The Nets were bad against the Lakers Wednesday night, but they rationalized the loss by pointing to players like Kobe Bryant, Steve Nash, Pau Gasol, and Antawn Jamison. They could not use that excuse in an ugly loss to the Washington Wizards Friday night.
The 13-35 Wizards dominated from the tip by building a double-digit leading and never letting the Nets creep within shouting distance. John Wall and the upstart Wizards cruised to an 89-74 win that felt far worse than the 15-point margin indicated.
Following a Martin Luther King, Jr. Day win over the New York Knicks, the Nets have been nothing but ordinary. The luster following the coaching change has diminished. Brooklyn is simply playing like a middle-of-the-road team.
Since the Jan. 21 tilt against the Knicks, the Nets are 4-5. On the outset the skid does not seem so alarming, but the eye-test tells a different story. Their two February wins have come against the Chicago Bulls, a team missing three starters, and a struggling Detroit Pistons team. The pair of wins came by a combined seven points.
The losses, on the other hand, have been downright worrisome.
The Lakers, boasting a combined starting age of 33.2-years-old, admittedly outhustled and outlasted the Nets, 92-83. Without two defensive stalwarts, the Lakers limited the Nets to 34.8 percent shooting. On Friday night, the Wizards allowed the Nets to stumble their way to a 32.9 shooting percentage.
P.J. Carlesimo attempted to mask the problem following the game by blaming the second unit. The starters, however, played to a one-point deficit after the first quarter.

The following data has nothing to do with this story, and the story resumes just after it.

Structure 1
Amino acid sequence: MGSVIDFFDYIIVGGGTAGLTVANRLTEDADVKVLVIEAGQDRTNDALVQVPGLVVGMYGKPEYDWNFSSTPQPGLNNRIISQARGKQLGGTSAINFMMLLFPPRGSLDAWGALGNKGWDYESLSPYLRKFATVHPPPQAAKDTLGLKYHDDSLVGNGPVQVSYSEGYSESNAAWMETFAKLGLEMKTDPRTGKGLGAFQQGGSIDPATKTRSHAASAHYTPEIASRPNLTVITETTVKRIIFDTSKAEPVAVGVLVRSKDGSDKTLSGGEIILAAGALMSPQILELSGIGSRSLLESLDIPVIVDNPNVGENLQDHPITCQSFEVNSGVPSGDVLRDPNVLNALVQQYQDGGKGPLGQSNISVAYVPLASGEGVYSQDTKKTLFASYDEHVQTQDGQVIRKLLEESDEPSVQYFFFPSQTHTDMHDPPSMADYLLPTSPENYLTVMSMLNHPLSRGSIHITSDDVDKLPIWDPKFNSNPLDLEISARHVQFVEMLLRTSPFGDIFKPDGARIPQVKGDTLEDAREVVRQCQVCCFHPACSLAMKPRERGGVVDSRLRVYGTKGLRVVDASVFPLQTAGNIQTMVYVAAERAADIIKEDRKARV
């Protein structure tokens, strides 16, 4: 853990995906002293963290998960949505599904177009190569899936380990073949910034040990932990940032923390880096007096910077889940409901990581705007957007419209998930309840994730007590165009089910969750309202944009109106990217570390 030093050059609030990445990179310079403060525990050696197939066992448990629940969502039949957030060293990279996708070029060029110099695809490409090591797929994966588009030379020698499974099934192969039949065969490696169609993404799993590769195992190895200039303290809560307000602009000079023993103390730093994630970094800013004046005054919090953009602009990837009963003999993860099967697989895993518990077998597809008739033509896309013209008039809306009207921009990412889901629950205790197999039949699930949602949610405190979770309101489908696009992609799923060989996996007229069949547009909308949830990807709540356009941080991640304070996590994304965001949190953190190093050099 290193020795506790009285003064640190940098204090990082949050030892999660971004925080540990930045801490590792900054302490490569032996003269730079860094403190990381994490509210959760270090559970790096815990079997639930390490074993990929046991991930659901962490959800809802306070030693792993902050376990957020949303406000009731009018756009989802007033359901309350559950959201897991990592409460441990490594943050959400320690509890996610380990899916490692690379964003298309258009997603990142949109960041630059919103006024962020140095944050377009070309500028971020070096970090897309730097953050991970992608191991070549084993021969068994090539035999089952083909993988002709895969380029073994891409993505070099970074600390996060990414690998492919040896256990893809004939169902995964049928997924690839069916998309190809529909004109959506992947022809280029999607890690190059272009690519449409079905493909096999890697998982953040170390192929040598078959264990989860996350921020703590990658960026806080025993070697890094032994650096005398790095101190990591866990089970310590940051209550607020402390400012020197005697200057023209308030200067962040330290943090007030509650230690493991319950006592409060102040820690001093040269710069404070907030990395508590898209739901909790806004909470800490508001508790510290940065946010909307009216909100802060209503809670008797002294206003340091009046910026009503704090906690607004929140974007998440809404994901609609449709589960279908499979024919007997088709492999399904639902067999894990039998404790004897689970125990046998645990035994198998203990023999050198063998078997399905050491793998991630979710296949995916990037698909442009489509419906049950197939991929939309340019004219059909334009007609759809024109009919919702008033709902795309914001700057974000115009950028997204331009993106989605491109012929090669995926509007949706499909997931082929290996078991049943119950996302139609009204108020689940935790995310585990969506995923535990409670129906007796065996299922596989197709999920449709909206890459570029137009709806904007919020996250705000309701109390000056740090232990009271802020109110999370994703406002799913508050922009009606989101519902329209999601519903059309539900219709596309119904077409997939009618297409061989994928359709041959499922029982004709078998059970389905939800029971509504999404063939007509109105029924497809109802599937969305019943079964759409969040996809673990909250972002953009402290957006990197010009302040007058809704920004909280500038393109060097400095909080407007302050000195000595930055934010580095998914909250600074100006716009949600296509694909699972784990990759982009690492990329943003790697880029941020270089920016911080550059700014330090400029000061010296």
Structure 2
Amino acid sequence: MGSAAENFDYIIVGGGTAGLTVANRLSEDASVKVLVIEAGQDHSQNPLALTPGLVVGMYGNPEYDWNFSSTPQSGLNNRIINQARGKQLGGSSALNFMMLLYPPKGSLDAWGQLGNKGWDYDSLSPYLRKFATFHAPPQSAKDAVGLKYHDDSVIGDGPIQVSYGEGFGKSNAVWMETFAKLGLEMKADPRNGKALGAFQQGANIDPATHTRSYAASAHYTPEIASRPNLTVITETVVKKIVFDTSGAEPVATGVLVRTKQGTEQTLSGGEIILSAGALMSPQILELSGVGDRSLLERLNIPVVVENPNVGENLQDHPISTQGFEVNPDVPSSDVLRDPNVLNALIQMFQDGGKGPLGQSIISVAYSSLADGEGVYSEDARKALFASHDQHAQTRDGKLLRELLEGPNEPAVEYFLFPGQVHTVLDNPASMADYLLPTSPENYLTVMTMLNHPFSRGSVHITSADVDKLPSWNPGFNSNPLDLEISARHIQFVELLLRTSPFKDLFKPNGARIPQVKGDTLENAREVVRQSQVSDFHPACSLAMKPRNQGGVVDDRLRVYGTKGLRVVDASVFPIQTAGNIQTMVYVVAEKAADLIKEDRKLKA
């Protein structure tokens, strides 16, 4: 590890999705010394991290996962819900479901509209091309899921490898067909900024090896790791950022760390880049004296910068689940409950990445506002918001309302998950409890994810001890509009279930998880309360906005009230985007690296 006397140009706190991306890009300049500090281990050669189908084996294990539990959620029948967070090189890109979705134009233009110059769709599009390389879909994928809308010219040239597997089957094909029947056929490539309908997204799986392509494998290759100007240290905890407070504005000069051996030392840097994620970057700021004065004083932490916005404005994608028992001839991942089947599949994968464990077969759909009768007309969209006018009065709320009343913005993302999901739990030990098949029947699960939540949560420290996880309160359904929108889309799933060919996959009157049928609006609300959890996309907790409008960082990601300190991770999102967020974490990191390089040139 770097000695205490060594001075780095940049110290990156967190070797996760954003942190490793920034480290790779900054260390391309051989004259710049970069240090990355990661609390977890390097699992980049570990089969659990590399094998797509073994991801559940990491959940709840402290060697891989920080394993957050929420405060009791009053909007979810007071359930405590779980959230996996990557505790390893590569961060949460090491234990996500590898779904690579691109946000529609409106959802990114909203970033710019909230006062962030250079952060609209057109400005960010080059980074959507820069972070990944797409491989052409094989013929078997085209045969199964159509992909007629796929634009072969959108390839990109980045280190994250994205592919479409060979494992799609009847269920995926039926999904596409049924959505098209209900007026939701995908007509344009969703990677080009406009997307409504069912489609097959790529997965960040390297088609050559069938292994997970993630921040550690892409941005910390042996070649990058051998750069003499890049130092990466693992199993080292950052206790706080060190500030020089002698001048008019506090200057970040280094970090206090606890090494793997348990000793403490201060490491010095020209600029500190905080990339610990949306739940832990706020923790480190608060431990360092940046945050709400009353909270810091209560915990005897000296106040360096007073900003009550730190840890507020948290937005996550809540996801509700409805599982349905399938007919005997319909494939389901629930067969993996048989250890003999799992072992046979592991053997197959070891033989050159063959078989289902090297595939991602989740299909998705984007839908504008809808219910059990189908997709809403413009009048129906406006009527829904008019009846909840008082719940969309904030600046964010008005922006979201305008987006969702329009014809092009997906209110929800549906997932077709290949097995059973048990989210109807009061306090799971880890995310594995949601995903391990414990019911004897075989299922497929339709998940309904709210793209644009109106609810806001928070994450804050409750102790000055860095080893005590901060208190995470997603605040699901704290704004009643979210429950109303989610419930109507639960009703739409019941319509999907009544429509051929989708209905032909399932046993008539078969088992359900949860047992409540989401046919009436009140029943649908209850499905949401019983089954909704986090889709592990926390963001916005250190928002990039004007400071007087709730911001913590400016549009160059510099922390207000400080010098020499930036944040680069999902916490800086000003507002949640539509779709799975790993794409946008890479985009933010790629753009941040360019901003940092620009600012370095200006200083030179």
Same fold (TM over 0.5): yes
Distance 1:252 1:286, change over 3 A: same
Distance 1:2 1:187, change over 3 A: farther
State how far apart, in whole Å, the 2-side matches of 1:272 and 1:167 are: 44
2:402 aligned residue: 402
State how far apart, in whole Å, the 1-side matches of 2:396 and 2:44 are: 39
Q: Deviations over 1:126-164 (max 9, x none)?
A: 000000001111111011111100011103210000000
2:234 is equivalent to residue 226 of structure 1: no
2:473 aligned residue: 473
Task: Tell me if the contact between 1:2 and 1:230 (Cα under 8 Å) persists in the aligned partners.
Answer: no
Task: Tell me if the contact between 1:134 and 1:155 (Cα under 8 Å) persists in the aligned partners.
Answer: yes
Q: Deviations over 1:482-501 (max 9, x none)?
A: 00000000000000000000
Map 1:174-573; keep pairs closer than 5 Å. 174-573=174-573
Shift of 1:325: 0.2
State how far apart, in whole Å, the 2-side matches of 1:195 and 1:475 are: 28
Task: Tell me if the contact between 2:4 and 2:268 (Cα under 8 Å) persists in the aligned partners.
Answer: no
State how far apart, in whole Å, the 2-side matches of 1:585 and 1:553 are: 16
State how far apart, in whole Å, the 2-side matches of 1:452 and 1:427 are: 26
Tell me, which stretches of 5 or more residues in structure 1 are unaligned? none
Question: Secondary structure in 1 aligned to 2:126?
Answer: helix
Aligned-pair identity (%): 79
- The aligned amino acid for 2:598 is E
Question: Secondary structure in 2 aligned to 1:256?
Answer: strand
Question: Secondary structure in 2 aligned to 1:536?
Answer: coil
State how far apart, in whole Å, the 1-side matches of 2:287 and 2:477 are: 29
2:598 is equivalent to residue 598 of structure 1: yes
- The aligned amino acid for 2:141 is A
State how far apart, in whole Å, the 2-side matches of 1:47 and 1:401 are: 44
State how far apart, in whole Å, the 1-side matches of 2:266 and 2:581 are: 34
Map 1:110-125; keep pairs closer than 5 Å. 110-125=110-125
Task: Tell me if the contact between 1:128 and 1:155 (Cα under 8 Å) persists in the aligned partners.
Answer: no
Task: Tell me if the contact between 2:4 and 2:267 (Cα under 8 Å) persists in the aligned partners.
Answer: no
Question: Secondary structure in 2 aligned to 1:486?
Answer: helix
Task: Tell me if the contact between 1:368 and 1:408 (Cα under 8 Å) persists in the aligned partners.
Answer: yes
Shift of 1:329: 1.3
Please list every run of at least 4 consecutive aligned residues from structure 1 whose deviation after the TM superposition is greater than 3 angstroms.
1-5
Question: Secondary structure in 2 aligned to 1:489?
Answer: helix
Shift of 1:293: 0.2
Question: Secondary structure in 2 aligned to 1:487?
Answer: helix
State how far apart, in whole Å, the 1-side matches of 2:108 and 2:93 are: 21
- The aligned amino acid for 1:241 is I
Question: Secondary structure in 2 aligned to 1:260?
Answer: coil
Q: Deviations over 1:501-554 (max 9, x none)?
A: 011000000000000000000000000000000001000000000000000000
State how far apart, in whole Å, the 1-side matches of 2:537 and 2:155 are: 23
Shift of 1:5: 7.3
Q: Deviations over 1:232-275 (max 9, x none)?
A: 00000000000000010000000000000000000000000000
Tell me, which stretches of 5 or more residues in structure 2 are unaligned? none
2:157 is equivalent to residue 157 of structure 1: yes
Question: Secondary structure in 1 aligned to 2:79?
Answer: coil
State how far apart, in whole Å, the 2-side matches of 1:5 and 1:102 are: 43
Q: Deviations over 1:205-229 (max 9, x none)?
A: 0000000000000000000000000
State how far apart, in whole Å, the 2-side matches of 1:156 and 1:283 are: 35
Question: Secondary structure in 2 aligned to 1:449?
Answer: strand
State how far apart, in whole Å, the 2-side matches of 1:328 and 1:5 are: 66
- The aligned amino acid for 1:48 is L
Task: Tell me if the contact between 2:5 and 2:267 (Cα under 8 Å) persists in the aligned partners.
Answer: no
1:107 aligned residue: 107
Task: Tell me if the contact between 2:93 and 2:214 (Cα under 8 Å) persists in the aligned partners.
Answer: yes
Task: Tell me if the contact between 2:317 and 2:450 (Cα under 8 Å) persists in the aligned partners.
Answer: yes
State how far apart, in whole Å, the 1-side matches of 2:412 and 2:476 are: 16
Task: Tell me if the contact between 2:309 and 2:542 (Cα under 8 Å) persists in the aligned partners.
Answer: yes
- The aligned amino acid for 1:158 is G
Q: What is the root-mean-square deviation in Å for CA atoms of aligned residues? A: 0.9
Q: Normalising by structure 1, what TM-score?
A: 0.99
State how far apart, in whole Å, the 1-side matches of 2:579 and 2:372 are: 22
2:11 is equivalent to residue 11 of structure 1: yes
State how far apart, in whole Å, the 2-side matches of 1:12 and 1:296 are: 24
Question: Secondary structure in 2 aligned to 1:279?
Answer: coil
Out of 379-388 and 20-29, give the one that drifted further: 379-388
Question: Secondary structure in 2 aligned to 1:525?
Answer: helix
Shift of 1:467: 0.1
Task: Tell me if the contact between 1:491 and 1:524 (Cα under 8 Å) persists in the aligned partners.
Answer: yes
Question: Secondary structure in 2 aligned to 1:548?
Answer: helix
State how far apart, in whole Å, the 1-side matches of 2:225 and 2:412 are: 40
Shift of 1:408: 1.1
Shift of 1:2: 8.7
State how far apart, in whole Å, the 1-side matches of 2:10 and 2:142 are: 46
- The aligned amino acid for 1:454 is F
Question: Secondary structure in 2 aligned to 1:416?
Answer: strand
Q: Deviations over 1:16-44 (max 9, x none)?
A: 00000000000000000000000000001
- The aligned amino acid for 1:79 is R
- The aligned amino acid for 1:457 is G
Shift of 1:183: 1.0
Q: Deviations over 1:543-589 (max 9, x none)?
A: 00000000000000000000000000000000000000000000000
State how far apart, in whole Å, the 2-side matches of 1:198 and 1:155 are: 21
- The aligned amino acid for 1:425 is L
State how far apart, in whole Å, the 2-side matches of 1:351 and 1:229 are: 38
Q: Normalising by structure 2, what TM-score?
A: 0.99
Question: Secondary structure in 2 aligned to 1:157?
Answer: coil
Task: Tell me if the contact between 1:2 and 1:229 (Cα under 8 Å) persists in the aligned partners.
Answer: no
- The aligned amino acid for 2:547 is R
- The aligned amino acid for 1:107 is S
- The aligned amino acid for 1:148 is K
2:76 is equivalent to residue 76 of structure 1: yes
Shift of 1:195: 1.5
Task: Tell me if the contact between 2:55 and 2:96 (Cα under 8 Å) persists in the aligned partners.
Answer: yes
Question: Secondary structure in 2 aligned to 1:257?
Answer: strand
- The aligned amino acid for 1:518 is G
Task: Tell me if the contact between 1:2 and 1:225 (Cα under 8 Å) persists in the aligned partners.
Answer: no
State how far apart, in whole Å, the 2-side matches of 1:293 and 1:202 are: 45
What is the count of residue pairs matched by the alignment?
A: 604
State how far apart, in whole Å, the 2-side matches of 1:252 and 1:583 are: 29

"I can’t afford to give people chances if they’re hurting us defensively or not putting the ball in the basket," Carlesimo said. "We need to examine it a little better, because it’s not working right now.
"I'm very concerned," Carlesimo added.
While no bench player has stood out as a Sixth man candidate, the solution lies in the starters. The Nets tied up three of the five starters with max contracts, and Gerald Wallace pulls in $10 million annually.
In a salary cap world, the bulk of the production needs to come from the stars. Deron Williams, Joe Johnson, and Gerald Wallace are playing on par to the Nets record: 29-21. Better than average but well below expectations.
After recent losses to Miami and Los Angeles, both Wallace and Lopez openly questioned the team's energy and effort. The Wizards wanted the game more and it showed.
“There’s no reason why we should be talking about how the effort wasn’t there, the energy wasn’t there,” Williams said. “Especially in some of these big games. Maybe this wasn’t a ‘big game’ for us. But it should have been.”
Until this past week, the Nets hid their deficiencies by beating up on the league's also-rans. But losing 2-of-3 to teams the Nets should beat raises red flags.
And the Nets did not simply lose to the Wizards, they were embarrassed. They trailed 51-31 at halftime and never truly threatened a comeback.
''We won that game defensively,'' Wizards coach Randy Wittman said. ''It's a mindset. You don't have to have a ball go in anywhere on defense. It's just a matter of five guys being connected, and we're connected right now.''
The Nets, however, are anything but connected.
''Just a lot of bad habits,'' Williams said. ''Then we start pointing the finger and getting a little selfish. We've just got to get out of that habit.''